Annie Funke is making waves in Nick Payne’s watery familial drama, IF THERE IS I HAVEN’T FOUND IT YET, portraying the 15-year-old daughter of a couple in distress. The play shines a light on the faltering marriage of Fiona (Michelle Gomez) and George (Brian F. O’Byrne) as it is tipped over by George’s interloper brother Terry (Jake Gyllenhaal).
Throw in environmental science, parental neglect and a chubby adolescent tormented by school bullies, and you have what most would consider a downer of a play. But thanks to the creative juices of the playwright Payne, mixed with the creative staging and direction of Michael Longhurst, the drama maintains a glimmer of light even in the darkest of scenes.
Funke easily related to the trials of her character, Anna, having also had her share of bullying while in middle school. Funke’s memories may be light-years removed from her unpleasant experiences, but they serve as ballast for her performance. “When I read the break-down of the play, I so related to the bullying aspect,” she said in a recent interview. Her personal upbringing was positive and supportive, unlike what her character has to deal with. “Sure I had some insecurities about my weight, but I was very independent and never got into such a negative headspace as my character does.”
The story revolves around Anna’s parents: her father is writing a book on the environment and her mother who is teaching her students how to put on a play; tellingly, it is “The War of the Worlds.” Throw in George’s brother Terry, a romantic drifter who drinks and smokes pot, and the drama unfolds in unexpected ways. Terry becomes allied with Anna, who responds to his overtures as would a neglected child. Terry becomes a confidant and purveyor of advice that needy Anna soaks up like a thirsty ficus.
“I think Anna wants to be really seen by someone, and Terry sees her for the first time,” Funke said. “They both have anger issues that they don’t express very well and they have something that the other wants.” Terry wants to be taken seriously; Anna wants to be loved. It’s a complicated relationship, she said.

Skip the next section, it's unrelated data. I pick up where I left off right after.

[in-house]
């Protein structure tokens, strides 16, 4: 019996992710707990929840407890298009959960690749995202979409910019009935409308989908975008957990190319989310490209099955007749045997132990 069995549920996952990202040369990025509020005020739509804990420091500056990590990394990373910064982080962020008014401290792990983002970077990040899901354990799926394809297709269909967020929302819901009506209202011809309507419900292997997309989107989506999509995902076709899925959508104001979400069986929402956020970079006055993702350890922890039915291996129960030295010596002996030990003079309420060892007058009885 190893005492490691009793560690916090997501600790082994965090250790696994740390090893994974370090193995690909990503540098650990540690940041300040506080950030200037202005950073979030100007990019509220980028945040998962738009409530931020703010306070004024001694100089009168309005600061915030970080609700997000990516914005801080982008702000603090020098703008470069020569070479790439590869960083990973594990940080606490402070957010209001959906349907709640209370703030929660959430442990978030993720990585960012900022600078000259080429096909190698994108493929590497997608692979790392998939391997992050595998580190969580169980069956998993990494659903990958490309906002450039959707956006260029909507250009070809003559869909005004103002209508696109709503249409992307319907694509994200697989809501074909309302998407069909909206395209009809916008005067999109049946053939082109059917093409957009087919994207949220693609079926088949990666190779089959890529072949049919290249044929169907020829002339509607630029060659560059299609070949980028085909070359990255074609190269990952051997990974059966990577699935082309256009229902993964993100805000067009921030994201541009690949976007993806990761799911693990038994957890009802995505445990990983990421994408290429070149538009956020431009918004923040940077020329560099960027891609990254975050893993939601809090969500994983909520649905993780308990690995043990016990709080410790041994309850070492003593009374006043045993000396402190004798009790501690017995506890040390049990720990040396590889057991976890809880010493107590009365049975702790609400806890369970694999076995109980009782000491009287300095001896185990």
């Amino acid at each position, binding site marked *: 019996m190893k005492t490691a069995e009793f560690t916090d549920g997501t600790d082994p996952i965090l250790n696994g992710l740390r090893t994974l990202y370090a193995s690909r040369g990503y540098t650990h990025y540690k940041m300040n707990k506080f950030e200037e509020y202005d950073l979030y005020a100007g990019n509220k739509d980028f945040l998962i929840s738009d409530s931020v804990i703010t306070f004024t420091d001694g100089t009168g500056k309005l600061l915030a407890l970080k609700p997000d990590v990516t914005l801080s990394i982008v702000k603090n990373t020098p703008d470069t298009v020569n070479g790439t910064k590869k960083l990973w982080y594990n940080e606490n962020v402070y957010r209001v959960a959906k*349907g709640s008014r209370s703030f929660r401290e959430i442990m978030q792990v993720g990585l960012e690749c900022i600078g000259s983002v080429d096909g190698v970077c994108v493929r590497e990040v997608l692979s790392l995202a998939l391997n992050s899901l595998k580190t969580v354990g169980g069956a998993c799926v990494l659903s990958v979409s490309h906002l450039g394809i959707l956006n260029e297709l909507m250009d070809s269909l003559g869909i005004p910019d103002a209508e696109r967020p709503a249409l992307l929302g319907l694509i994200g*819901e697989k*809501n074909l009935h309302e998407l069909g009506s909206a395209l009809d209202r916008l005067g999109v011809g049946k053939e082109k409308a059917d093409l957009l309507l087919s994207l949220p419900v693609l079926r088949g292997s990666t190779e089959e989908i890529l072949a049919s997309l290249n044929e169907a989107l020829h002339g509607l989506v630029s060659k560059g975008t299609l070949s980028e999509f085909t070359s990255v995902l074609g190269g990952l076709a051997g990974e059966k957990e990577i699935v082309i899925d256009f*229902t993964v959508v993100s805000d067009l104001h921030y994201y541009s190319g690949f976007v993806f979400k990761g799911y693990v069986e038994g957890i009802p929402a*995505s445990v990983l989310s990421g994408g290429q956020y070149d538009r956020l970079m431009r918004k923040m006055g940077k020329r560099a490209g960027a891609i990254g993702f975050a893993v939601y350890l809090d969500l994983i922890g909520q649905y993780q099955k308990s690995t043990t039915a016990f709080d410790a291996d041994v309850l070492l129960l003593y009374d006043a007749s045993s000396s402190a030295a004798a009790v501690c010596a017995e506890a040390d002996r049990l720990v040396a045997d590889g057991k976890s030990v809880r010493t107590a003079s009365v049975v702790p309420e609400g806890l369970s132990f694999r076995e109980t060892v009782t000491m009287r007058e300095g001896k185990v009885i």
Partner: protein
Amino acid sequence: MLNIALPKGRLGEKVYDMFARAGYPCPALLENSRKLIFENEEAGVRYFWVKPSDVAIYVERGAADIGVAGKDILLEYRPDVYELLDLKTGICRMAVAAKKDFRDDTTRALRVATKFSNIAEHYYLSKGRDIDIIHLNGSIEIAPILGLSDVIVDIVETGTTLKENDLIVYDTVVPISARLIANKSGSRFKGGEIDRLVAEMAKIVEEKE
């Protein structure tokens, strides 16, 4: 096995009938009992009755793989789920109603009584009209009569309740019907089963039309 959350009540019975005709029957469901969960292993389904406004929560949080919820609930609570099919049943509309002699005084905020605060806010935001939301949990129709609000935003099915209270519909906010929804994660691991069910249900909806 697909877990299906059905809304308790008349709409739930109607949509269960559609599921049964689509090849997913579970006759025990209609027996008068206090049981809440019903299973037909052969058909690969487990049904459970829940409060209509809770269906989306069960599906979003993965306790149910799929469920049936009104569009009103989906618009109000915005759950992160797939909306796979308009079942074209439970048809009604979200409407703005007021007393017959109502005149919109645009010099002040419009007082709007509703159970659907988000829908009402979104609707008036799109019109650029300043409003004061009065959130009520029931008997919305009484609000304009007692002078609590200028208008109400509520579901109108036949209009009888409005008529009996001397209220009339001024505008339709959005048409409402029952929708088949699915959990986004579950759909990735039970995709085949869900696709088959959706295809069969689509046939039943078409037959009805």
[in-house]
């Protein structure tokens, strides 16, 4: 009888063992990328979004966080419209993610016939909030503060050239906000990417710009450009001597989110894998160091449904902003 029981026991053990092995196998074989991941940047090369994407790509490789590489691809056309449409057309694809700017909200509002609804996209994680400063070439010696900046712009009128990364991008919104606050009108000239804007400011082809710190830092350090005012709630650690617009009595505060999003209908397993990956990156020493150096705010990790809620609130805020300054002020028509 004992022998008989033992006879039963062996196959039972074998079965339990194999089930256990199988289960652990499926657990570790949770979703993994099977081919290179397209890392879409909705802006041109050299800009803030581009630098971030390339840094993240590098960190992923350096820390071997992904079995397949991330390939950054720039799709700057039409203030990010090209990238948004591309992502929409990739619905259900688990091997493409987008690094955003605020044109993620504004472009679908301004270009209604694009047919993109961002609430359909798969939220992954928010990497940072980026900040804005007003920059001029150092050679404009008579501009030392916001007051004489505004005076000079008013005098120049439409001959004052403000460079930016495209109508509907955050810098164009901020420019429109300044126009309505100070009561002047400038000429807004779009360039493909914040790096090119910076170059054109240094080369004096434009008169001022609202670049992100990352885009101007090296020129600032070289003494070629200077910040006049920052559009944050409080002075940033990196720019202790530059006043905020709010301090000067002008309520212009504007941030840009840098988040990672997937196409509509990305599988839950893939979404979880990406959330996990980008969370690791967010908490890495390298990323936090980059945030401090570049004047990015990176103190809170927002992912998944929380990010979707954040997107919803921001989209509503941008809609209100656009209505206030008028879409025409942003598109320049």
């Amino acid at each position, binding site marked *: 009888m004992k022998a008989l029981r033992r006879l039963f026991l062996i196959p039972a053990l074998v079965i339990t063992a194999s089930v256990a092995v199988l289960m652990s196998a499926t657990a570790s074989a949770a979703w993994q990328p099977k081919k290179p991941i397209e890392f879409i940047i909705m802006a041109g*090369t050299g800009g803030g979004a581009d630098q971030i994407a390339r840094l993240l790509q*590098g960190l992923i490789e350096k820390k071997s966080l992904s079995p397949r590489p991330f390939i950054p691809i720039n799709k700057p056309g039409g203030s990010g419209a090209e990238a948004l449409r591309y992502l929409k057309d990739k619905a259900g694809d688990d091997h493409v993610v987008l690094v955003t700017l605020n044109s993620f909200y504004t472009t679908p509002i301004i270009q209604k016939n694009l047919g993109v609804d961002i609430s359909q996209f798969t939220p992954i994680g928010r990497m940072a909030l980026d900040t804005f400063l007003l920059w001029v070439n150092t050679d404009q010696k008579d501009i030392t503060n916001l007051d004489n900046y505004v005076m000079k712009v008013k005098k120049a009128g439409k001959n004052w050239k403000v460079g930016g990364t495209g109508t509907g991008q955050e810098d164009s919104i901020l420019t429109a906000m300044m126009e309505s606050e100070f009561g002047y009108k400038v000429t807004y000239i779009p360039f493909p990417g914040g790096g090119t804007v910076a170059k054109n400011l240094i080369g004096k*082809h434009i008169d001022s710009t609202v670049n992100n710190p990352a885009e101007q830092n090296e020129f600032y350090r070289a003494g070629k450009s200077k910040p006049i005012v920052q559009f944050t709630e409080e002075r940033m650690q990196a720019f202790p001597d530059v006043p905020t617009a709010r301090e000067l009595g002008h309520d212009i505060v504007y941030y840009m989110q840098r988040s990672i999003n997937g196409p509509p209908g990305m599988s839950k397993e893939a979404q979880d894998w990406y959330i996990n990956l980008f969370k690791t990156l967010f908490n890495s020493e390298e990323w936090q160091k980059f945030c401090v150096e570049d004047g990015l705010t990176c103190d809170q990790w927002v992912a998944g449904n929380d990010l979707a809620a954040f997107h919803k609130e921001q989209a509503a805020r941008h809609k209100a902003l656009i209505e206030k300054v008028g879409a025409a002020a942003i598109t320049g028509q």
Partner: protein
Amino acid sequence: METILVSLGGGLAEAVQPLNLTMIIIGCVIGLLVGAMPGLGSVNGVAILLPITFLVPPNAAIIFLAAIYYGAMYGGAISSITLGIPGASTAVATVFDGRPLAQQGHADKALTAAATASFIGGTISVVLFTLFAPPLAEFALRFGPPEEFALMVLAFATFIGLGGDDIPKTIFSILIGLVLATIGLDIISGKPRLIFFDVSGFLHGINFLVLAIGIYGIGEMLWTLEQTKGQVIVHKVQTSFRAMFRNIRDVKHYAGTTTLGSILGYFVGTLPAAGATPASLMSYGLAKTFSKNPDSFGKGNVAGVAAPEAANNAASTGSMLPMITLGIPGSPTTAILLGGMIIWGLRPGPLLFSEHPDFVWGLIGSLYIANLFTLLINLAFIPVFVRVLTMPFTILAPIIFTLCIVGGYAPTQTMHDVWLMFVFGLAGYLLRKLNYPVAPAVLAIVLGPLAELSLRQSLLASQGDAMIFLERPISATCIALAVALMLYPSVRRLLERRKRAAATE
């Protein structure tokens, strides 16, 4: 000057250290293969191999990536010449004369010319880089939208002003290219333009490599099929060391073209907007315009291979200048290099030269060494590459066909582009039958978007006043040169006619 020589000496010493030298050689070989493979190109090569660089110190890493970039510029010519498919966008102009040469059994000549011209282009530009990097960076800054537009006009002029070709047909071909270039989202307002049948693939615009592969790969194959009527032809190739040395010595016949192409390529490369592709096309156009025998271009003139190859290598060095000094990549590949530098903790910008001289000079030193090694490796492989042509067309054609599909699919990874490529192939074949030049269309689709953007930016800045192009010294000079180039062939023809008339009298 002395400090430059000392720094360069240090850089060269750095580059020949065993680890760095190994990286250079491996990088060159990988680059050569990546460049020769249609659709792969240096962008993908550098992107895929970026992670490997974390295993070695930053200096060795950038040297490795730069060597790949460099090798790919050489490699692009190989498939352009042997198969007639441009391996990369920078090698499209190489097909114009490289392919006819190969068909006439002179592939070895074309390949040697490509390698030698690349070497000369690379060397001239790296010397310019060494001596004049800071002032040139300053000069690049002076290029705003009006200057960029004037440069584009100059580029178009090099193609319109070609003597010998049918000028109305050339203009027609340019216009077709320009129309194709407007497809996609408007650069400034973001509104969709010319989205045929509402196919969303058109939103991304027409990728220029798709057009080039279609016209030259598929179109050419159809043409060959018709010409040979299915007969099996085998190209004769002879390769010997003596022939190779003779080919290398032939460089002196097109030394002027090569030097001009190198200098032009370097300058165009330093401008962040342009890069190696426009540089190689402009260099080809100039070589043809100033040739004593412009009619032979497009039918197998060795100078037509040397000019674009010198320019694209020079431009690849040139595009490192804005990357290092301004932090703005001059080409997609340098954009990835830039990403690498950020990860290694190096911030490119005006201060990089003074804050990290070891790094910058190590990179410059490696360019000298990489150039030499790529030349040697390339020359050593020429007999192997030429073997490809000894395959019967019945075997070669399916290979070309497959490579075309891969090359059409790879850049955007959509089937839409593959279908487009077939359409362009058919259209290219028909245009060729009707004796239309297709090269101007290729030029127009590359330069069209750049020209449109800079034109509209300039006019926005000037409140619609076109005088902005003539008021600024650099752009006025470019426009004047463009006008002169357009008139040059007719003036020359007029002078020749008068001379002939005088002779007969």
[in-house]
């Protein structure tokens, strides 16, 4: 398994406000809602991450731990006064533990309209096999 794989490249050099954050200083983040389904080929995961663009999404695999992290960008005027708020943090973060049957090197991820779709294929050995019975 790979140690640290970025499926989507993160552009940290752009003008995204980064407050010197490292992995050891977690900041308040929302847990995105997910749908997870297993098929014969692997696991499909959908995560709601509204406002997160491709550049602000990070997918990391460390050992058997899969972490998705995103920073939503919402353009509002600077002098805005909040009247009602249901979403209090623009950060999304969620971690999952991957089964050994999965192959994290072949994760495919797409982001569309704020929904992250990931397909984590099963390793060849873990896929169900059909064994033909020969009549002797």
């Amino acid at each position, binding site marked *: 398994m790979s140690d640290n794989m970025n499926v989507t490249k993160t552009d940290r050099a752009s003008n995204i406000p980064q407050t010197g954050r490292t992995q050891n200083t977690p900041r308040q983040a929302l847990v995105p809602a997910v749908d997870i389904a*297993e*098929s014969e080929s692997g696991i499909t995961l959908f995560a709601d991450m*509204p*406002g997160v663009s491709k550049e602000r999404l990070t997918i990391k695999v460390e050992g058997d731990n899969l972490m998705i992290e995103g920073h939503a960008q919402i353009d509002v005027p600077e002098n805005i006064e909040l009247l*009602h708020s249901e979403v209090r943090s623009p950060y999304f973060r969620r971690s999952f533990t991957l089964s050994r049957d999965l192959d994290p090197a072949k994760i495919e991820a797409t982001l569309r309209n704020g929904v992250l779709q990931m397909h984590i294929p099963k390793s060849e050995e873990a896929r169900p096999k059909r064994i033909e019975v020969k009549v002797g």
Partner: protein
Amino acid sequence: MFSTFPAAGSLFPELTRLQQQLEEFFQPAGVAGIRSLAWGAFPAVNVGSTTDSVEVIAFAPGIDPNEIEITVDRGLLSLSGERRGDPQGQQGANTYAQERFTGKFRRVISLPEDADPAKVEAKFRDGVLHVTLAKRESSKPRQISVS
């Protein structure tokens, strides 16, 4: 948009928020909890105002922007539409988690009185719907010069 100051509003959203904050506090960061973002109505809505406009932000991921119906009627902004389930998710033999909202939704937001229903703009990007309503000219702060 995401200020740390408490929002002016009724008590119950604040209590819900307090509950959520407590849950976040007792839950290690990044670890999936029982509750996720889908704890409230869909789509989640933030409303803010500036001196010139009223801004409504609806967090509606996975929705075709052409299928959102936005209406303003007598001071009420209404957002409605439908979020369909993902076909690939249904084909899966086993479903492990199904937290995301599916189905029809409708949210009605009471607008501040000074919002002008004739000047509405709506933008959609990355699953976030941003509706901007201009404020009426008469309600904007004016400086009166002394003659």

“Anna wants desperately to have someone love her and from her perspective, Terry leads her on,” Funke said. “He becomes a figure in her life she never had before. Even though it’s ambiguous, it’s also a loving and delicate relationship.
Funke drew on her own experiences being bullied to really get into the head of her character. “I have very specific experiences that I remember that help me take on the mind-set of Anna,” said Funke, now in her 20s. “It’s interesting to revisit these things with an adult’s perspective.”
In addition to the outpouring of emotion, the play uses about 28,000 gallons of water, from the onstage downpour in the beginning to the ending, which is subject to interpretation, she said. Tables, chairs, a bed and other props are taken by the actors from a central onstage heap and are pitched into a water-filled moat at the lip of the stage once they have been used in a scene. A nod to global warming and polar ice caps melting? That’s also subject to personal speculation, Funke said.
Audience members puzzled by the meaning of the play’s title aren’t the only ones, Funke said. The actors had a chance to think about the title’s meaning in a group exercise. “I think the title means something different to every person,” she said. “For George it might mean, ‘Is there a way for humans to survive ecological disaster?’ Or for Anna, ‘Is there a way for me to be seen as I really am?’ There’s no happy ending, it just makes you ask more questions.”
One moment in the final scene with Terry and Anna, standing on what looks like the bow of a ship, (Titanic references are plentiful throughout the play) ended in unexpected laughter during one show. “Either the second or third preview we were standing on the top level and I had a bag over my shoulder and it flew down to the water-drenched stage,” Funke said. “The audience laughed and we laughed and it was just an organic moment.”